Saturn's biggest kids play peek-a-boo

The entire universe in blog form
July 1 2011 11:30 AM

Saturn's biggest kids play peek-a-boo

I spent all day yesterday writing a 2000-word article for a print venue to be named later, and the weather outside is sunny and delightful and begging to be biked in, so I am disinclined to write something deep and philosophical today. So instead here is just a simply way-cool picture from Cassini taken in 2009, showing the Saturnian moon Rhea peeking out from behind the much larger Titan:

Phil Plait Phil Plait

Phil Plait writes Slate’s Bad Astronomy blog and is an astronomer, public speaker, science evangelizer, and author of Death From the Skies!  

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[Click to eneldergodenate.]

[UPDATE: I messed up here. In the original post I misread Titan's radius when I looked it up, and was comparing it to Rhea's diameter. This changes my numbers enough that I have simply corrected everything below; otherwise it would be too confusing to read. Thanks to the commenters for pointing this out!]

Rhea is a little over 1500 km (900 miles) across, and Titan 5150 km (3100 miles). However, in this shot, Rhea was almost two and a half times farther away than her big sister, so it looks smaller than it really is. Titan has a thick atmosphere, which is pretty obvious in the picture, while Rhea is basically a ginormous iceball.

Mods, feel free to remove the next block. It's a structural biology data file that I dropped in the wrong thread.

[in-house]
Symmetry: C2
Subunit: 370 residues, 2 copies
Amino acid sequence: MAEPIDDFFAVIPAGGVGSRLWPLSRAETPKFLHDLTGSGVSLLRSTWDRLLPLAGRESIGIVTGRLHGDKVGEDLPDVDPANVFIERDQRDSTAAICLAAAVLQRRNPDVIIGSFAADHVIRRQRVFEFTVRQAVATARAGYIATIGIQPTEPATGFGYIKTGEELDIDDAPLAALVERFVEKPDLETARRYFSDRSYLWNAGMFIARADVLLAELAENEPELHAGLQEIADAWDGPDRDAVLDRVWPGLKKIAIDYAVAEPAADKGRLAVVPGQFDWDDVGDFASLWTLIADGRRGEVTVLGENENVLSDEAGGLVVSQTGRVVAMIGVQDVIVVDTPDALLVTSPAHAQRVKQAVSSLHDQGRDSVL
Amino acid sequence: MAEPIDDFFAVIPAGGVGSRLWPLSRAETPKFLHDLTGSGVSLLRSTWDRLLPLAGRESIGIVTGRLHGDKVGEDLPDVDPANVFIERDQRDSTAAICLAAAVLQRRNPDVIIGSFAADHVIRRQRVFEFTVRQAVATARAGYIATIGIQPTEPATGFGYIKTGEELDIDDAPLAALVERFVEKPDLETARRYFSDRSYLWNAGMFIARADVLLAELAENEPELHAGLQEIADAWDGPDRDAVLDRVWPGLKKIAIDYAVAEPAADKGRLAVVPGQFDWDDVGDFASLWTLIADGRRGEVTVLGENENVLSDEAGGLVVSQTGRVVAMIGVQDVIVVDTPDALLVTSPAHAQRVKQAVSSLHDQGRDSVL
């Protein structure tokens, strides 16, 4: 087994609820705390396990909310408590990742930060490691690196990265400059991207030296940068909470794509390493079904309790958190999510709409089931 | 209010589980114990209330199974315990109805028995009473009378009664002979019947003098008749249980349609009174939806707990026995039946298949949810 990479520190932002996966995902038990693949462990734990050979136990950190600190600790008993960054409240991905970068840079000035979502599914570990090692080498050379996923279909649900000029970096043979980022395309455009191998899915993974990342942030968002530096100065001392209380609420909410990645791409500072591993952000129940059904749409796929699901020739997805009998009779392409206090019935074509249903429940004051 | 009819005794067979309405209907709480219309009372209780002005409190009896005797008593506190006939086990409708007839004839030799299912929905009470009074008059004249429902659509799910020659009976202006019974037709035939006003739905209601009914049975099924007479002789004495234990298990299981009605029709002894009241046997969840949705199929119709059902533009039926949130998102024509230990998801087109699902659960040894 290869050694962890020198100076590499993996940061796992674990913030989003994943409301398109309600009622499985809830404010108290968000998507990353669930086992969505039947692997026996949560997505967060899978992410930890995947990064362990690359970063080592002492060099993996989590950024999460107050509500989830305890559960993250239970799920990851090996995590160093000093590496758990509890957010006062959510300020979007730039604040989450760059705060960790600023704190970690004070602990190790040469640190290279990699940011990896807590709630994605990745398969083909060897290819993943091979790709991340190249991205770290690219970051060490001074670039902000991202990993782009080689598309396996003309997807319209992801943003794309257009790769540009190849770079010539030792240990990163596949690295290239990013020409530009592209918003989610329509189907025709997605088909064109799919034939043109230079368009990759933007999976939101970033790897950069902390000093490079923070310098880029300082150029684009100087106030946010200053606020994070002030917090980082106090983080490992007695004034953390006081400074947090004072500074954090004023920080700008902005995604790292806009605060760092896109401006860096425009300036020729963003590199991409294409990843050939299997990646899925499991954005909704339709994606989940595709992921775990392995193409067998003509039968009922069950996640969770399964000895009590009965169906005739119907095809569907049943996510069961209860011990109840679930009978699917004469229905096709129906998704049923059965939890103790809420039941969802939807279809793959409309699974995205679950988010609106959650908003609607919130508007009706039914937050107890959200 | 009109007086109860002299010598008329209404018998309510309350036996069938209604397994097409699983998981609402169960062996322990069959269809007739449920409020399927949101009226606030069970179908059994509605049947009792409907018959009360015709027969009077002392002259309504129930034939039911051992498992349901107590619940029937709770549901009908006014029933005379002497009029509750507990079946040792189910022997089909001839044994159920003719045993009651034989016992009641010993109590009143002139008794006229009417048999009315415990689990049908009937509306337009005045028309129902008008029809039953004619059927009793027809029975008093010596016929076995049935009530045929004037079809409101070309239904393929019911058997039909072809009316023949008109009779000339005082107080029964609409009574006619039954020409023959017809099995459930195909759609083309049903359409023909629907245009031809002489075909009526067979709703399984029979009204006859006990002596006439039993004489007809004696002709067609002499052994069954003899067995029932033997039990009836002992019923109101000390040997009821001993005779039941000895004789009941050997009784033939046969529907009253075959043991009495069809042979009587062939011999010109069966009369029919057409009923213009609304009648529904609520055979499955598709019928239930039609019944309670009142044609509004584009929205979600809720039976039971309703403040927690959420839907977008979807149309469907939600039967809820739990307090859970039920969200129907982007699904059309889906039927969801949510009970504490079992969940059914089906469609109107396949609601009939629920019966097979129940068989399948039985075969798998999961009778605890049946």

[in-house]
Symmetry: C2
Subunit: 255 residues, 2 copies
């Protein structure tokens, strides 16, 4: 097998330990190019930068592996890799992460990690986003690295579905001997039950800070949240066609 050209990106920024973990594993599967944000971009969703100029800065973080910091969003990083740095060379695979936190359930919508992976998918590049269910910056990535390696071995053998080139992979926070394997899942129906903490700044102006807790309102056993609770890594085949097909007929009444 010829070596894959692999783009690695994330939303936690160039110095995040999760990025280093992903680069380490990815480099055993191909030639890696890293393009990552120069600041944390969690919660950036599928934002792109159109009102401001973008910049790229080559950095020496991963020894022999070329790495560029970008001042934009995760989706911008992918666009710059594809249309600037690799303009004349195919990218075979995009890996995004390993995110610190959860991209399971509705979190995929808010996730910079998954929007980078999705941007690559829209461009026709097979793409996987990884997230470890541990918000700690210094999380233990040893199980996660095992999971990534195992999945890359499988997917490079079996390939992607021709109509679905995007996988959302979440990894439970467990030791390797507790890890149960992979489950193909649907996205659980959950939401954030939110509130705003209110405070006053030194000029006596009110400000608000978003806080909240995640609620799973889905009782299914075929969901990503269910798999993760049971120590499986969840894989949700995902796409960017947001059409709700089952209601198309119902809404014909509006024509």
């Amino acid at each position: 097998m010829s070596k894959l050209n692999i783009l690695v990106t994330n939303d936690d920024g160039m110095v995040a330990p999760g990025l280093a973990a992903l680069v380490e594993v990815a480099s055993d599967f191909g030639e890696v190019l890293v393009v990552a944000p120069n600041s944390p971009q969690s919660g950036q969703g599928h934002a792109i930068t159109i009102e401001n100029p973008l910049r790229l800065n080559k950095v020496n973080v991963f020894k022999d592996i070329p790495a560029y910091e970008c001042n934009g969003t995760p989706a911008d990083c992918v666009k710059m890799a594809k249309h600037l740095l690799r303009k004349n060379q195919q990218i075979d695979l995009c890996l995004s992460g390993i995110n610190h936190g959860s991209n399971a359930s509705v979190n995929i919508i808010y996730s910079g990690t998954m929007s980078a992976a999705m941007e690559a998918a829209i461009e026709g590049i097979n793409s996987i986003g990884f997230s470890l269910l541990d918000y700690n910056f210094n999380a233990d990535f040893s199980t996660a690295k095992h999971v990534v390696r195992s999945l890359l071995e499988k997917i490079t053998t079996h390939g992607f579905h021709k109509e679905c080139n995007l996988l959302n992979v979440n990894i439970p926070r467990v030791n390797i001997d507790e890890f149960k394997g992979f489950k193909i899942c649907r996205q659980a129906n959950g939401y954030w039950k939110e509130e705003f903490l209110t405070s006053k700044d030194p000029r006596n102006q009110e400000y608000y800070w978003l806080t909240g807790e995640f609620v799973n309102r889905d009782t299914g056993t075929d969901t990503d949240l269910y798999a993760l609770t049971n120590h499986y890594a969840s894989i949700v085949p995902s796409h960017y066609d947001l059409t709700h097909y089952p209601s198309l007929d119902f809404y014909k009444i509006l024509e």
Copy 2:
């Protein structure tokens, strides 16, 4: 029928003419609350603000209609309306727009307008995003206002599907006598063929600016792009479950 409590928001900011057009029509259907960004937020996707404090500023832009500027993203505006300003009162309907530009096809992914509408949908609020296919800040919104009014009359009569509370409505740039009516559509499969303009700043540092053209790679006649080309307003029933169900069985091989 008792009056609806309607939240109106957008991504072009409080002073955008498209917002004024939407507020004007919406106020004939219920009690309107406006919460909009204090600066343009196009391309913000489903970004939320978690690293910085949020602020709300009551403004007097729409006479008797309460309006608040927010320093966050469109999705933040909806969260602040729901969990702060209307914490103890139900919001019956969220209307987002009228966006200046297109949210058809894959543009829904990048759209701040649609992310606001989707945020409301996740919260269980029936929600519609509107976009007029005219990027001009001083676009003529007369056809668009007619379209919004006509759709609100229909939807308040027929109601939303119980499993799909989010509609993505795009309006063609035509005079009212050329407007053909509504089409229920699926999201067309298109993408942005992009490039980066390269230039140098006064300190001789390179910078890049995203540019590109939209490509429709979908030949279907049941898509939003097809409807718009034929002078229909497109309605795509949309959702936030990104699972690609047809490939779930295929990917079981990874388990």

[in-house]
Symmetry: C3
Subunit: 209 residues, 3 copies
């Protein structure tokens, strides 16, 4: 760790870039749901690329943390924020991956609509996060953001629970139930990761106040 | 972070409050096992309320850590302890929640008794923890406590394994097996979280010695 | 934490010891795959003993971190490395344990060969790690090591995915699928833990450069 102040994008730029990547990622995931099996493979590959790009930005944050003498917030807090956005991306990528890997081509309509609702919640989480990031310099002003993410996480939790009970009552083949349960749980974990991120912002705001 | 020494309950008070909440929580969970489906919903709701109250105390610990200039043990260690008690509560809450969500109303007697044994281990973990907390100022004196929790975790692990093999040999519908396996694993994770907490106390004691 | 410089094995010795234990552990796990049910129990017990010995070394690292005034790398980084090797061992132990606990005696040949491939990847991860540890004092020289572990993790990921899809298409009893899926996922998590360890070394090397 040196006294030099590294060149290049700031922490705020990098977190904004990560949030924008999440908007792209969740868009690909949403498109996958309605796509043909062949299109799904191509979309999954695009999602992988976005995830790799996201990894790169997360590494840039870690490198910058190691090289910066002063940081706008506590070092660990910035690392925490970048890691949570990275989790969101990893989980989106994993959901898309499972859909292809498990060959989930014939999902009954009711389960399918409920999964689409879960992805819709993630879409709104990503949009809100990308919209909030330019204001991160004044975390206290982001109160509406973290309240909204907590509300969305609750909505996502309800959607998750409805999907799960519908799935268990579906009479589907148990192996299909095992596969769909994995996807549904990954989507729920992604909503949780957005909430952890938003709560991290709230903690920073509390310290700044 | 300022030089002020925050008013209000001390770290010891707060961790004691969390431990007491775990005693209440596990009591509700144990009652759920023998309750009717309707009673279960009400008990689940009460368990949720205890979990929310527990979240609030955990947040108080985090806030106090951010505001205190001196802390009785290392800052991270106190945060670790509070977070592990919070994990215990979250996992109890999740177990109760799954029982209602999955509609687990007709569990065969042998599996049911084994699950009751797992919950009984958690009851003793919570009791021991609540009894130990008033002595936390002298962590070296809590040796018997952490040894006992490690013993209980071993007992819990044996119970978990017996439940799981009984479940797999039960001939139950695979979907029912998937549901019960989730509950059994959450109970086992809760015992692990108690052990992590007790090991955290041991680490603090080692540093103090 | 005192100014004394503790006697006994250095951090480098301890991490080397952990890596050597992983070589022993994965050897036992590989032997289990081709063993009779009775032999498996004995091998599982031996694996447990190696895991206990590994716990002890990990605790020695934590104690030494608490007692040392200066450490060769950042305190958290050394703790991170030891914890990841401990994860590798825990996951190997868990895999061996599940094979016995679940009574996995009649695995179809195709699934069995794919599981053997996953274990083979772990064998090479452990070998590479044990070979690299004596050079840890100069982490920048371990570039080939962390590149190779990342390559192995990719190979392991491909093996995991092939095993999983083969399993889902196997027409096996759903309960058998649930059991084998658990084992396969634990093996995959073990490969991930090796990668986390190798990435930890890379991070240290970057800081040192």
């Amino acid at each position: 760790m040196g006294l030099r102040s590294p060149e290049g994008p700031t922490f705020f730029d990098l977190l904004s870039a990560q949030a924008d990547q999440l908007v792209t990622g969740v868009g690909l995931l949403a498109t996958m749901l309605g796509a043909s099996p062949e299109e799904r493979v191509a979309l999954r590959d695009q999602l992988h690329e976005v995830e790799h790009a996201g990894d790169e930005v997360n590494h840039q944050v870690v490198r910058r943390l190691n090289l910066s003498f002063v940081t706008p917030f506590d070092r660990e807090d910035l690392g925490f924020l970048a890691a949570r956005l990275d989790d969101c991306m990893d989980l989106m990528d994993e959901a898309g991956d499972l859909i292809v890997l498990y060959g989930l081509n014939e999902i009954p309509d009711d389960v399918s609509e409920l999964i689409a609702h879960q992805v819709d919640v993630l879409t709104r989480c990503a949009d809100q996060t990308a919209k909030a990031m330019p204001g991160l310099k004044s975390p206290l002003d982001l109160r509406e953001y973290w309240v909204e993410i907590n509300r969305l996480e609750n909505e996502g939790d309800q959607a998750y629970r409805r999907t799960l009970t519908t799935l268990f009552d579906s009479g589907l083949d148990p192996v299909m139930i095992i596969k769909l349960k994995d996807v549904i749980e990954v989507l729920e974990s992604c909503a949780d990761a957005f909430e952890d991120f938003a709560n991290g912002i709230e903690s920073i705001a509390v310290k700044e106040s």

Still, hmmm. Titan and Rhea are the two largest moons of Saturn, but to be honest Titan really is a lot bigger than Rhea, more than 3 times wider. Why such a big gap in sizes? Jupiter's two largest moons, Ganymede and Callisto, are much closer together in size (5260 and 4820 km, respectively), and Ganymede is only 1.7 times bigger than Jupiter's fourth largest moon, Europa. After that, though the rest are far smaller.

It seems to me that Saturn and Jupiter are telling us something about the physics of the way their moons formed. But what could it be? Titan orbits well over twice as far from Saturn as Rhea, while Ganymede is actually closer to Jupiter than Callisto. Is that important? Did those moons form at other distances and get their orbits jostled through gravitational interactions over billions of years, maybe even switching positions?

These are pretty basic questions, but it's questions like these that lead to basic insights on how our solar system formed and changed as time went on.

And dangit! I guess I did get a little deep and philosophical here. Ah well, what can I say? Images like this are so pretty and so interesting to look at, they spark all kinds of thought processes in my head. And the more I do that, the more I want to do that. Science is like that: addictive, but in a good way.

Damn! Did it again.

Image Credit: NASA/JPL/Space Science Institute



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